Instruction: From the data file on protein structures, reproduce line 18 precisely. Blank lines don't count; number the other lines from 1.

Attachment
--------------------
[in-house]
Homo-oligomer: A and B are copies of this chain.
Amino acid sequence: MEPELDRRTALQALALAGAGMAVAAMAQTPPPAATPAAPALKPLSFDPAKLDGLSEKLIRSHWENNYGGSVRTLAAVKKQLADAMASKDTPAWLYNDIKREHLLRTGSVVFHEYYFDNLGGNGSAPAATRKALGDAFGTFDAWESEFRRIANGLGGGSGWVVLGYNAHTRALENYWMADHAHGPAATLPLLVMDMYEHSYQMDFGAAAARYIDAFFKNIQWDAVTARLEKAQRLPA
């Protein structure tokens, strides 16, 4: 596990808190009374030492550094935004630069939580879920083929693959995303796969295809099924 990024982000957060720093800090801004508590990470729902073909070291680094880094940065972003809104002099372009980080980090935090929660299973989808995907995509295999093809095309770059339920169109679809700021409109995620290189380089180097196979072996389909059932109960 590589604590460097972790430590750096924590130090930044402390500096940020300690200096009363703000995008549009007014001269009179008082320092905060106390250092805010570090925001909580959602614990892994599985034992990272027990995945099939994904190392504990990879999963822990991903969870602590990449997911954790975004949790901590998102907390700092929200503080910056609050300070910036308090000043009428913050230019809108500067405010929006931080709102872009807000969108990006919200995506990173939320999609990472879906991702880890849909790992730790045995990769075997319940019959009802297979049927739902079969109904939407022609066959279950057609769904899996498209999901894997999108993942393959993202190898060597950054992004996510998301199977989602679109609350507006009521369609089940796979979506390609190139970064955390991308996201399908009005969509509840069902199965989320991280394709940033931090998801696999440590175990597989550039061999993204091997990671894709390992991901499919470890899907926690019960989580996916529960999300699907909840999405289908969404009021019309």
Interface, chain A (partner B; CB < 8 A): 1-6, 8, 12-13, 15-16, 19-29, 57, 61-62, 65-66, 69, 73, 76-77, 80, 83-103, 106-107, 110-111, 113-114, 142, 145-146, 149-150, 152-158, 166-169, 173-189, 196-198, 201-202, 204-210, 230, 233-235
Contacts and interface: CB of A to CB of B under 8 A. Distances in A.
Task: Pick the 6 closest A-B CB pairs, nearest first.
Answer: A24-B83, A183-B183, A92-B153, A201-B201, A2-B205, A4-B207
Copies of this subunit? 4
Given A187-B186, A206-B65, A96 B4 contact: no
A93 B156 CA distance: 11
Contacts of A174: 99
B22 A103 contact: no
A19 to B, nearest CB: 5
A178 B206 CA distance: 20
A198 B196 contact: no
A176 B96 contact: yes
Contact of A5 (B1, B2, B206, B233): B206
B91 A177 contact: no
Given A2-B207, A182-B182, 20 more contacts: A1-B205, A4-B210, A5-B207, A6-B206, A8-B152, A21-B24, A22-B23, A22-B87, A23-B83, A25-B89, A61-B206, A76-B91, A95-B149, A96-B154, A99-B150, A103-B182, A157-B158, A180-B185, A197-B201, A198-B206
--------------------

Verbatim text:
Contact of A5 (B1, B2, B206, B233): B206